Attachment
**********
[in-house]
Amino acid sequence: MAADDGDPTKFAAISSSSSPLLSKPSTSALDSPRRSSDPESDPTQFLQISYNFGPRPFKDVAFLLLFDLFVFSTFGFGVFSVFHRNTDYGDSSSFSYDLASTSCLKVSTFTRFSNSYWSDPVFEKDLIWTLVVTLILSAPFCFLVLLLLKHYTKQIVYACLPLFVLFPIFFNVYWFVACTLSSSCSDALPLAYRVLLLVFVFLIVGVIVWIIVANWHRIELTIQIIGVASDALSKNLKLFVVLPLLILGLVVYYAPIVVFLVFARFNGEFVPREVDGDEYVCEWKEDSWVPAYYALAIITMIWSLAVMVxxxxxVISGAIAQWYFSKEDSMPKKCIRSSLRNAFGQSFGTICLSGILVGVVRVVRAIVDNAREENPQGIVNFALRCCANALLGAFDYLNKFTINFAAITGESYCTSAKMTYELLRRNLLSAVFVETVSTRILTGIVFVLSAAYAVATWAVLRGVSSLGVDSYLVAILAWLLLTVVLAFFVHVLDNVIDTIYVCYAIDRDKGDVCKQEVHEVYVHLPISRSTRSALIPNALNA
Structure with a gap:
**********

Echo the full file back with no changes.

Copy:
[in-house]
Amino acid sequence: MAADDGDPTKFAAISSSSSPLLSKPSTSALDSPRRSSDPESDPTQFLQISYNFGPRPFKDVAFLLLFDLFVFSTFGFGVFSVFHRNTDYGDSSSFSYDLASTSCLKVSTFTRFSNSYWSDPVFEKDLIWTLVVTLILSAPFCFLVLLLLKHYTKQIVYACLPLFVLFPIFFNVYWFVACTLSSSCSDALPLAYRVLLLVFVFLIVGVIVWIIVANWHRIELTIQIIGVASDALSKNLKLFVVLPLLILGLVVYYAPIVVFLVFARFNGEFVPREVDGDEYVCEWKEDSWVPAYYALAIITMIWSLAVMVxxxxxVISGAIAQWYFSKEDSMPKKCIRSSLRNAFGQSFGTICLSGILVGVVRVVRAIVDNAREENPQGIVNFALRCCANALLGAFDYLNKFTINFAAITGESYCTSAKMTYELLRRNLLSAVFVETVSTRILTGIVFVLSAAYAVATWAVLRGVSSLGVDSYLVAILAWLLLTVVLAFFVHVLDNVIDTIYVCYAIDRDKGDVCKQEVHEVYVHLPISRSTRSALIPNALNA
Structure with a gap: